Running a data driven marketing campaign is crucial for regular monitoring of performance. Marketers must tap into data collected to gain insights on behaviours, preferences, tastes and habits of their target audience before making changes that will improve their conversion rates. This is where data planning comes in.
Data planning involves projecting the need for specific data, the sources, method of data collection and storage, data processing, presentation, distribution and data security. Data planning seeks to establish:
A data management plan (DMP) is the formal document that outlines how you’ll organise, manage, share and preserve the data you collect before launching your research project. Data management plans a beneficial to data planning in many ways:
Equally important is a data collection plan that is a well thought out approach to collecting data as it describes the exact steps you must follow when gathering data while ensuring everyone is on the same page.
Data planning presents an opportunity to explore data management at the start of a project. Here, you get a chance to balance long term and short term goals so the decisions you make early in the project don’t have a negative impact on the ability to not only find but also use the data you collect in the future.
Here are some advantages of data planning:
Although most marketers underscore the value of data driven decisions, they don’t know where to start. A report by Experian found a top priority for marketers is using data to understand the needs and attitudes of customers. At the same time, it’s also a challenge.
You will agree with the fact that every brand strategy should be data driven and customer focused. Thus, data planning offers the opportunity for marketers to transform their wealth of data to a meaningful executable strategy to promote better decision making and building long lasting relationships with customers.
If you don’t know where to start with data planning, here are 5 steps to help you create one:
Are there any decisions though made based on opinions as opposed to data? Break it down and categorise them according to department and job position for easy management. It’s good to brainstorm this list with the help of your sales and marketing teams. You can add new items over time.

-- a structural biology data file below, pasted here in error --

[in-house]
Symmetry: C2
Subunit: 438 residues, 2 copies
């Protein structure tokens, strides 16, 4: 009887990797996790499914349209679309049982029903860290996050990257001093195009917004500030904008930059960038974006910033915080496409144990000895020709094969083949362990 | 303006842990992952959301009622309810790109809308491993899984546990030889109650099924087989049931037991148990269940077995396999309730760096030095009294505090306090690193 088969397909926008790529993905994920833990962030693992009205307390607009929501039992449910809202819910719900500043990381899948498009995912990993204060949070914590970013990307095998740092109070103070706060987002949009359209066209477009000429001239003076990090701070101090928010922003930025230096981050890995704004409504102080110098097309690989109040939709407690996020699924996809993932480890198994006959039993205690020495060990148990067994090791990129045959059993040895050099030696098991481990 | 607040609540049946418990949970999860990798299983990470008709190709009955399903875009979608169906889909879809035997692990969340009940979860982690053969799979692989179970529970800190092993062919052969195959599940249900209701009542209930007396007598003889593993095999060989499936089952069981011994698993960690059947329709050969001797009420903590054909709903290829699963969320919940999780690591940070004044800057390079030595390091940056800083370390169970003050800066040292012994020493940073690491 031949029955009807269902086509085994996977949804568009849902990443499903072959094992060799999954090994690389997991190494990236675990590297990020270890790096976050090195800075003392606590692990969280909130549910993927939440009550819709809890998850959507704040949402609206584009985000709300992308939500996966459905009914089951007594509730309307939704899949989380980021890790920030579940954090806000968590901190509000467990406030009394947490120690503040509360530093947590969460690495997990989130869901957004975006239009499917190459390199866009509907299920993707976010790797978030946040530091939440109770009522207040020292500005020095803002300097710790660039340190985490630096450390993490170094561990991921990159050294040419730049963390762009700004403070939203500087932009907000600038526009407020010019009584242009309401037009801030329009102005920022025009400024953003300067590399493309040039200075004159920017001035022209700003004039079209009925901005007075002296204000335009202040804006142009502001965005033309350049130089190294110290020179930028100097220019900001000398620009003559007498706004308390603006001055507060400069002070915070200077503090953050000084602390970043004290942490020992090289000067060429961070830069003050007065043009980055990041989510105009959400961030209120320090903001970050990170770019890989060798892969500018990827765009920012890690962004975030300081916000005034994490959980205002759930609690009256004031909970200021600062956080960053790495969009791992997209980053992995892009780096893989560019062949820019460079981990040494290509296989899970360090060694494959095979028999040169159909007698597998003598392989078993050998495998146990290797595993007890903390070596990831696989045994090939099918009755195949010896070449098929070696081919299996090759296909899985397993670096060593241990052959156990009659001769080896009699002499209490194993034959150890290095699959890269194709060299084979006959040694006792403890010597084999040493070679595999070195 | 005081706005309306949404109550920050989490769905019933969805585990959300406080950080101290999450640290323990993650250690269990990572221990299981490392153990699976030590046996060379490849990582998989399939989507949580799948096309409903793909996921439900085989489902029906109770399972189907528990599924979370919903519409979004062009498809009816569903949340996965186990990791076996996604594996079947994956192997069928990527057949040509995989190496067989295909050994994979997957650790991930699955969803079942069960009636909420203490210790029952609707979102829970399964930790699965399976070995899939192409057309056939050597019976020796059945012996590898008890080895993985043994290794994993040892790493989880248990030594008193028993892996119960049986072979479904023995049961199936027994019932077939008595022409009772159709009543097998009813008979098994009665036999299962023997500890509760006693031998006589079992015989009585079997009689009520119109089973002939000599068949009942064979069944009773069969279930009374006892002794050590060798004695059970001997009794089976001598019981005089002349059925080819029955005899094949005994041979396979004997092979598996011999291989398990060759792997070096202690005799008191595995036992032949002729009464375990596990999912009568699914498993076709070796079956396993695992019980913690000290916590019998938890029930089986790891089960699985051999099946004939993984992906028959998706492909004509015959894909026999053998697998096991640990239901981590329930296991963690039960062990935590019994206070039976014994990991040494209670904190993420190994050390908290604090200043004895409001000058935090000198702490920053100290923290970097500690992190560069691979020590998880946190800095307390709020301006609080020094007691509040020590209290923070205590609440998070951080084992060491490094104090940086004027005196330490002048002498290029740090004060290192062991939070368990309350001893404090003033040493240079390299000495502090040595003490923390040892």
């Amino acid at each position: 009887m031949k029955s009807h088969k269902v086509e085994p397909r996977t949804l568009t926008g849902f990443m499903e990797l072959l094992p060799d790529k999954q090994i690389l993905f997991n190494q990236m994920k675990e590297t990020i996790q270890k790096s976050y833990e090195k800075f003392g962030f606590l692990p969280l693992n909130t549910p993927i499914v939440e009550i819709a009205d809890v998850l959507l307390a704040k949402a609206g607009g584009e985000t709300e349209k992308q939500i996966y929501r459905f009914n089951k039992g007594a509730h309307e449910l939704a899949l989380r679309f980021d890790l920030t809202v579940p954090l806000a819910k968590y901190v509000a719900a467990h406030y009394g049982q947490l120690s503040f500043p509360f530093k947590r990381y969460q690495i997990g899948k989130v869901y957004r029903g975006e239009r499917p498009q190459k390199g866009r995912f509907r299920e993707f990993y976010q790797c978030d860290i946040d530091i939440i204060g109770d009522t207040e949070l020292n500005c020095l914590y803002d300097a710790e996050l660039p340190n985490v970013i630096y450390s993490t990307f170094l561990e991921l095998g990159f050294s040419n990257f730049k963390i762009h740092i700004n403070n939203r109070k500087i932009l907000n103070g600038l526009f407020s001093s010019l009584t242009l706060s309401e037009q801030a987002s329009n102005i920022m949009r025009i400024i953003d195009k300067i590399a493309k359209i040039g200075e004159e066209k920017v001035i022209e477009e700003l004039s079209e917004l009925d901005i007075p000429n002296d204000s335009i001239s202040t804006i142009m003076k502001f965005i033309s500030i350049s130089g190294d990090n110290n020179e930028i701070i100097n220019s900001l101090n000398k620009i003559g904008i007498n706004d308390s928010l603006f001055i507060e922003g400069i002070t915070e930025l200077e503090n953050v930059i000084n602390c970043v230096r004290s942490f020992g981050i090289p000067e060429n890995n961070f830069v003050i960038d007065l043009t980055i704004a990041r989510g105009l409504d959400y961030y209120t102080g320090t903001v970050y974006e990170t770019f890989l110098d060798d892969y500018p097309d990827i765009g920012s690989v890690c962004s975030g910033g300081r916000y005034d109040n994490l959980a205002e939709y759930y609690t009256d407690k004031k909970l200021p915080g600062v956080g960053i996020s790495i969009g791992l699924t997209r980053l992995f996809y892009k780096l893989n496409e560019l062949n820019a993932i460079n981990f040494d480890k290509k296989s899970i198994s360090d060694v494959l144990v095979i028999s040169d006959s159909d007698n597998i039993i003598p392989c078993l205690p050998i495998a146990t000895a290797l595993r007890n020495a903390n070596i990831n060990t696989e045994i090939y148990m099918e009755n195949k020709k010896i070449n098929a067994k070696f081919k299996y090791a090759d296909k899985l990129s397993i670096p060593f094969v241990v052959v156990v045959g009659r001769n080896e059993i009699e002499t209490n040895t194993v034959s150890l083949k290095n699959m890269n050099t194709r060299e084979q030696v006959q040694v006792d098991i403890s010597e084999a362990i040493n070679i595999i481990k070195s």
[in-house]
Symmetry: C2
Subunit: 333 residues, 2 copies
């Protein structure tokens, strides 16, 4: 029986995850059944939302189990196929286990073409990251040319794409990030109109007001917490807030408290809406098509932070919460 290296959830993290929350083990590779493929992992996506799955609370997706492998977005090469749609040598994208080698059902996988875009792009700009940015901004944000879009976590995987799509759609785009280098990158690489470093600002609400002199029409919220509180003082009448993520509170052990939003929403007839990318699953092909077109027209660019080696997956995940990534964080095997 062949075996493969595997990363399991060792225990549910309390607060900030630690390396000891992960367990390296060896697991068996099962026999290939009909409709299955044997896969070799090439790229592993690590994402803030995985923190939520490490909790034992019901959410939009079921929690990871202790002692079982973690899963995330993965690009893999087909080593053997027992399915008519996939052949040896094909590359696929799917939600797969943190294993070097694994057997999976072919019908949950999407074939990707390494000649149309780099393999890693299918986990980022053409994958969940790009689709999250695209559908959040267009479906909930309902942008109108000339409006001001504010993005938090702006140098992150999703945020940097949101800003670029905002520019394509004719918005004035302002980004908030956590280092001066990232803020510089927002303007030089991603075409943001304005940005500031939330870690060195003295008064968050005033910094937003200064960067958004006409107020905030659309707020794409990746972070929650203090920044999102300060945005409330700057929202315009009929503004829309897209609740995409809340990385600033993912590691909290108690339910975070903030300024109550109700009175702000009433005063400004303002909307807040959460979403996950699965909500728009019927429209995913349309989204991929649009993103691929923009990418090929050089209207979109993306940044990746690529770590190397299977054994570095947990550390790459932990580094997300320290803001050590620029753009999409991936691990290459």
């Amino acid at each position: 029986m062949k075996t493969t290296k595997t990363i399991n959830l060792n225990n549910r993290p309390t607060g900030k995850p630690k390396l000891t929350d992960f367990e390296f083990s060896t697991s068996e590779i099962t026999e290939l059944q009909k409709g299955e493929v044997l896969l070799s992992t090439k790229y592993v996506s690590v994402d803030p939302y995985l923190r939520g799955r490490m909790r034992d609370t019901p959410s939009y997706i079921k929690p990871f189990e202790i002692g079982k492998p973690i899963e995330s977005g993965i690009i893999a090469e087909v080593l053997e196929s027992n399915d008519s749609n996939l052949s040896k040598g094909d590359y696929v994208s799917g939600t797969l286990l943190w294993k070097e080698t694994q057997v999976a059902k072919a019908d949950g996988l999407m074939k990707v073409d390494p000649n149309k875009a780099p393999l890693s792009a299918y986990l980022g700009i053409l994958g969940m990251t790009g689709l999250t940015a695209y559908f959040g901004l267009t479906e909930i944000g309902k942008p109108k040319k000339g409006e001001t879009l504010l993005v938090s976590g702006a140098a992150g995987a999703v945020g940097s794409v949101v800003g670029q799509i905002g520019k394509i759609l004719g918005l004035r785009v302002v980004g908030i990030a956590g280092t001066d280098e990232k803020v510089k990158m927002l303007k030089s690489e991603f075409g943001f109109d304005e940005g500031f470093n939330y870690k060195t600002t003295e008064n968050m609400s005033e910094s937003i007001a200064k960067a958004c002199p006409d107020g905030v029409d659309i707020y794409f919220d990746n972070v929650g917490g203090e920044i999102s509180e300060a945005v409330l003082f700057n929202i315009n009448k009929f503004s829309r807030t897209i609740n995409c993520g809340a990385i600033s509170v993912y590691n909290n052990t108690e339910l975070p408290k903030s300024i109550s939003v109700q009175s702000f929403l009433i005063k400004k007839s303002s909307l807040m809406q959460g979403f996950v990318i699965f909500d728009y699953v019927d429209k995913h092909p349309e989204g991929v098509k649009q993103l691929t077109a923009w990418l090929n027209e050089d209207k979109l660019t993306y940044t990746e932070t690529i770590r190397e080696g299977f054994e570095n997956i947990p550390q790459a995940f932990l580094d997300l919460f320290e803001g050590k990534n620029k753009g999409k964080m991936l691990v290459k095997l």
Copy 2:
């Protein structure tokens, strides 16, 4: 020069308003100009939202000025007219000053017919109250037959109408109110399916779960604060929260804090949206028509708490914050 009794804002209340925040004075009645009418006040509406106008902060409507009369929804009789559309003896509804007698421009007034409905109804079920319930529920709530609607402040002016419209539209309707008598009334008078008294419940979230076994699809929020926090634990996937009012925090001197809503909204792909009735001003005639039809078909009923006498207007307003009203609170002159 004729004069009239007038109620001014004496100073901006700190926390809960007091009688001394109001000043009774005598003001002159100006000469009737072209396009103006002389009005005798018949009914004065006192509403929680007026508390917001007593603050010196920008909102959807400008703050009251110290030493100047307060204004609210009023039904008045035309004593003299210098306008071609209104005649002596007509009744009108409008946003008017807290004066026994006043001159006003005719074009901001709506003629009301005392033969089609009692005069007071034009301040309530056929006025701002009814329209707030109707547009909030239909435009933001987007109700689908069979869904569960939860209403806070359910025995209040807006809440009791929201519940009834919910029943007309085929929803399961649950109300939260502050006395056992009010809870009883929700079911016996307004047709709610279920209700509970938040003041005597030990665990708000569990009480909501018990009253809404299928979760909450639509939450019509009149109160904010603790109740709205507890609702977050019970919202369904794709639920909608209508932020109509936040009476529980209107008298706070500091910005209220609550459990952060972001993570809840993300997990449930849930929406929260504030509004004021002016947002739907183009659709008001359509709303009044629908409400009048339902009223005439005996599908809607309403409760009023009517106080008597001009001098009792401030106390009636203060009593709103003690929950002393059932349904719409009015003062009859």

2. Rank the decisions according to their importance
Not all decisions carry the same weight. Attach a value to each decision and relate this value to your business, then prioritise them. Pay attention to all costs involved like technology, labour and opportunity cost. Though you need to be careful so you don’t get caught up in exact numbers instead work with estimates.
List three to five most important decisions though need to make and map out data sources that help solve them. Check if those sources are accessible within your organisation. This is another opportunity to brainstorm with your team so they all share their ideas especially regarding solving your decisions. If the data that is available isn’t analysable the build processes to transform it.
4. Identify gaps to be filled
Think must also identify any gaps that require to be filled to make a decision or decide if you can do without them. Assess if you need to reach out to third party data vendors or make an educated guess and carry on with the analysis
5. Create your data collection plan
When you’ve got key decisions that must be data driven and gaps to be filled, you need to create an appropriate execution framework. You’ll need to identify:
Data is powerful since it minimises guesswork when making crucial marketing decisions. The rise in the use of data analytics and reporting platforms means anyone can manipulate data and interpret the outcome. Businesses and marketers who use data planning to inform their planning and prioritisation of strategies will certainly have better outcomes in their job performance, resource management and their bottom line.
Need support with your data? Contact Growthonics today.